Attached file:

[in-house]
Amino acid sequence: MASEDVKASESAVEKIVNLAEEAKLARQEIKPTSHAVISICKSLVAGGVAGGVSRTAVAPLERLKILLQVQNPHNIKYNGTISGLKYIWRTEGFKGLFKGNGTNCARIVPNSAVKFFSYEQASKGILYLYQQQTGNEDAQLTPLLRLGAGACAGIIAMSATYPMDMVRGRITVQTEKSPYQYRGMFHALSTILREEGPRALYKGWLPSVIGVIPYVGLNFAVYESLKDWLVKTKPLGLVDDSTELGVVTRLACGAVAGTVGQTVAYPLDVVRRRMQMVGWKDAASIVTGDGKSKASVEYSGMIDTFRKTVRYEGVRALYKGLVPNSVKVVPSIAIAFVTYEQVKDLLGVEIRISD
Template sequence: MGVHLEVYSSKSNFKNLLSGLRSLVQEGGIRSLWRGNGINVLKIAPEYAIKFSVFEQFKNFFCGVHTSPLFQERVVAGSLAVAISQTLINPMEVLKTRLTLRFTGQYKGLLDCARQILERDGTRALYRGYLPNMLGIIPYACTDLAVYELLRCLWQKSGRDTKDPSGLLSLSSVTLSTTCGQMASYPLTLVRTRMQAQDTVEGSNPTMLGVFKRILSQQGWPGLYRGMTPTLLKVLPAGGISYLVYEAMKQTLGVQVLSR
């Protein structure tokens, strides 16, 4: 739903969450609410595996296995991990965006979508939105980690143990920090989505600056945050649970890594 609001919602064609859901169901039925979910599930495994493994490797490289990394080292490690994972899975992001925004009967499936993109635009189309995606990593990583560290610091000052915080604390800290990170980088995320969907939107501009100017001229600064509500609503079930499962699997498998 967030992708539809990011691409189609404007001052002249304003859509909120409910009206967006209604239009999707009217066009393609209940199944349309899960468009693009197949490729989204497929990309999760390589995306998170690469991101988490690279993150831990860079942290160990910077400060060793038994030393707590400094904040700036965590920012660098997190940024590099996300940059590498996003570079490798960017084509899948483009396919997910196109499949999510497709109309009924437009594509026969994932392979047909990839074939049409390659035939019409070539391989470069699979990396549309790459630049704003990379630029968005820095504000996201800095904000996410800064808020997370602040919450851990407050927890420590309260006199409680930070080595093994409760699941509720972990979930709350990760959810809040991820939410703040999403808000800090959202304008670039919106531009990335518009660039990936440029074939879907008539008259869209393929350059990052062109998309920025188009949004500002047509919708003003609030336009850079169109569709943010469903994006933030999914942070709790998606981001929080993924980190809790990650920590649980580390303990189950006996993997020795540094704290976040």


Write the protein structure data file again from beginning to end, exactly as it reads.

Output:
[in-house]
Amino acid sequence: MASEDVKASESAVEKIVNLAEEAKLARQEIKPTSHAVISICKSLVAGGVAGGVSRTAVAPLERLKILLQVQNPHNIKYNGTISGLKYIWRTEGFKGLFKGNGTNCARIVPNSAVKFFSYEQASKGILYLYQQQTGNEDAQLTPLLRLGAGACAGIIAMSATYPMDMVRGRITVQTEKSPYQYRGMFHALSTILREEGPRALYKGWLPSVIGVIPYVGLNFAVYESLKDWLVKTKPLGLVDDSTELGVVTRLACGAVAGTVGQTVAYPLDVVRRRMQMVGWKDAASIVTGDGKSKASVEYSGMIDTFRKTVRYEGVRALYKGLVPNSVKVVPSIAIAFVTYEQVKDLLGVEIRISD
Template sequence: MGVHLEVYSSKSNFKNLLSGLRSLVQEGGIRSLWRGNGINVLKIAPEYAIKFSVFEQFKNFFCGVHTSPLFQERVVAGSLAVAISQTLINPMEVLKTRLTLRFTGQYKGLLDCARQILERDGTRALYRGYLPNMLGIIPYACTDLAVYELLRCLWQKSGRDTKDPSGLLSLSSVTLSTTCGQMASYPLTLVRTRMQAQDTVEGSNPTMLGVFKRILSQQGWPGLYRGMTPTLLKVLPAGGISYLVYEAMKQTLGVQVLSR
């Protein structure tokens, strides 16, 4: 739903969450609410595996296995991990965006979508939105980690143990920090989505600056945050649970890594 609001919602064609859901169901039925979910599930495994493994490797490289990394080292490690994972899975992001925004009967499936993109635009189309995606990593990583560290610091000052915080604390800290990170980088995320969907939107501009100017001229600064509500609503079930499962699997498998 967030992708539809990011691409189609404007001052002249304003859509909120409910009206967006209604239009999707009217066009393609209940199944349309899960468009693009197949490729989204497929990309999760390589995306998170690469991101988490690279993150831990860079942290160990910077400060060793038994030393707590400094904040700036965590920012660098997190940024590099996300940059590498996003570079490798960017084509899948483009396919997910196109499949999510497709109309009924437009594509026969994932392979047909990839074939049409390659035939019409070539391989470069699979990396549309790459630049704003990379630029968005820095504000996201800095904000996410800064808020997370602040919450851990407050927890420590309260006199409680930070080595093994409760699941509720972990979930709350990760959810809040991820939410703040999403808000800090959202304008670039919106531009990335518009660039990936440029074939879907008539008259869209393929350059990052062109998309920025188009949004500002047509919708003003609030336009850079169109569709943010469903994006933030999914942070709790998606981001929080993924980190809790990650920590649980580390303990189950006996993997020795540094704290976040």